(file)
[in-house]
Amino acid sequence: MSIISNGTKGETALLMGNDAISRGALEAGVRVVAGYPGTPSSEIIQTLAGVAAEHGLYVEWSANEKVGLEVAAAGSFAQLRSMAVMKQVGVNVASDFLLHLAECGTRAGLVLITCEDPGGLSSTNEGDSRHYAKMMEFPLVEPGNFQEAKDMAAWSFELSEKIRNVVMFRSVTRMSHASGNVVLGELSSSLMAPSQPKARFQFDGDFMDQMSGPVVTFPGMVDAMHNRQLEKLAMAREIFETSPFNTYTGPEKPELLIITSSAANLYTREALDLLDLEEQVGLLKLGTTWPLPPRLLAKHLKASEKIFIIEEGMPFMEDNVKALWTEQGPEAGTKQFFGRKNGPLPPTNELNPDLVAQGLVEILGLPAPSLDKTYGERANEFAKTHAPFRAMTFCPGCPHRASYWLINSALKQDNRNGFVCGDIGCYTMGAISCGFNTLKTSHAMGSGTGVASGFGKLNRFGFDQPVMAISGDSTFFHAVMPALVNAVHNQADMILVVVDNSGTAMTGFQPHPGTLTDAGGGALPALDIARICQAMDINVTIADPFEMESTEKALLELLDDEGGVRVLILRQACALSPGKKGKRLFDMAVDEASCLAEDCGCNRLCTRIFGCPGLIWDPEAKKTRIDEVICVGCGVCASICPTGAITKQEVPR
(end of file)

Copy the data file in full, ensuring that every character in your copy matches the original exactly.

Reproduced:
[in-house]
Amino acid sequence: MSIISNGTKGETALLMGNDAISRGALEAGVRVVAGYPGTPSSEIIQTLAGVAAEHGLYVEWSANEKVGLEVAAAGSFAQLRSMAVMKQVGVNVASDFLLHLAECGTRAGLVLITCEDPGGLSSTNEGDSRHYAKMMEFPLVEPGNFQEAKDMAAWSFELSEKIRNVVMFRSVTRMSHASGNVVLGELSSSLMAPSQPKARFQFDGDFMDQMSGPVVTFPGMVDAMHNRQLEKLAMAREIFETSPFNTYTGPEKPELLIITSSAANLYTREALDLLDLEEQVGLLKLGTTWPLPPRLLAKHLKASEKIFIIEEGMPFMEDNVKALWTEQGPEAGTKQFFGRKNGPLPPTNELNPDLVAQGLVEILGLPAPSLDKTYGERANEFAKTHAPFRAMTFCPGCPHRASYWLINSALKQDNRNGFVCGDIGCYTMGAISCGFNTLKTSHAMGSGTGVASGFGKLNRFGFDQPVMAISGDSTFFHAVMPALVNAVHNQADMILVVVDNSGTAMTGFQPHPGTLTDAGGGALPALDIARICQAMDINVTIADPFEMESTEKALLELLDDEGGVRVLILRQACALSPGKKGKRLFDMAVDEASCLAEDCGCNRLCTRIFGCPGLIWDPEAKKTRIDEVICVGCGVCASICPTGAITKQEVPR